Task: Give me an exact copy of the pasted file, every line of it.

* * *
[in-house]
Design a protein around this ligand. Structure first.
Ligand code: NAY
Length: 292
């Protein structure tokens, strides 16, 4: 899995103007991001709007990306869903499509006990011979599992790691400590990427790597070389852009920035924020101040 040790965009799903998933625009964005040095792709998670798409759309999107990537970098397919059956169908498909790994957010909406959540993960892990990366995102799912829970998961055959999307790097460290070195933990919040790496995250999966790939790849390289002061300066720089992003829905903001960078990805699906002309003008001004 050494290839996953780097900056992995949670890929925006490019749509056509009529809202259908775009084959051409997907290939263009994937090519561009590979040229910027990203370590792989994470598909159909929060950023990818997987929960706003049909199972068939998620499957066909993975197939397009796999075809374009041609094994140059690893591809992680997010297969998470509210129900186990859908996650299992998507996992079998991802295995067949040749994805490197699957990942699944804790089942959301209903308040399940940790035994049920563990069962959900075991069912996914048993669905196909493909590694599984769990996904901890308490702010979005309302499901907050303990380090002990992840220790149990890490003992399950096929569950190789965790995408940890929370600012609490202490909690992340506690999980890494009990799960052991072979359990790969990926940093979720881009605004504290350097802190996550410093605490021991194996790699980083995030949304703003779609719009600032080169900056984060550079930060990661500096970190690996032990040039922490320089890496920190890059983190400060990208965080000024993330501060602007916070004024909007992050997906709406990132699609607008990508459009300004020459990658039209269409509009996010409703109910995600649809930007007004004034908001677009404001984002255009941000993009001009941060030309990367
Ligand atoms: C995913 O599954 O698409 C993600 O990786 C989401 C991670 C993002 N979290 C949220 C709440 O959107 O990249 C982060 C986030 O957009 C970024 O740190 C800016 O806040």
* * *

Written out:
[in-house]
Design a protein around this ligand. Structure first.
Ligand code: NAY
Length: 292
């Protein structure tokens, strides 16, 4: 899995103007991001709007990306869903499509006990011979599992790691400590990427790597070389852009920035924020101040 040790965009799903998933625009964005040095792709998670798409759309999107990537970098397919059956169908498909790994957010909406959540993960892990990366995102799912829970998961055959999307790097460290070195933990919040790496995250999966790939790849390289002061300066720089992003829905903001960078990805699906002309003008001004 050494290839996953780097900056992995949670890929925006490019749509056509009529809202259908775009084959051409997907290939263009994937090519561009590979040229910027990203370590792989994470598909159909929060950023990818997987929960706003049909199972068939998620499957066909993975197939397009796999075809374009041609094994140059690893591809992680997010297969998470509210129900186990859908996650299992998507996992079998991802295995067949040749994805490197699957990942699944804790089942959301209903308040399940940790035994049920563990069962959900075991069912996914048993669905196909493909590694599984769990996904901890308490702010979005309302499901907050303990380090002990992840220790149990890490003992399950096929569950190789965790995408940890929370600012609490202490909690992340506690999980890494009990799960052991072979359990790969990926940093979720881009605004504290350097802190996550410093605490021991194996790699980083995030949304703003779609719009600032080169900056984060550079930060990661500096970190690996032990040039922490320089890496920190890059983190400060990208965080000024993330501060602007916070004024909007992050997906709406990132699609607008990508459009300004020459990658039209269409509009996010409703109910995600649809930007007004004034908001677009404001984002255009941000993009001009941060030309990367
Ligand atoms: C995913 O599954 O698409 C993600 O990786 C989401 C991670 C993002 N979290 C949220 C709440 O959107 O990249 C982060 C986030 O957009 C970024 O740190 C800016 O806040």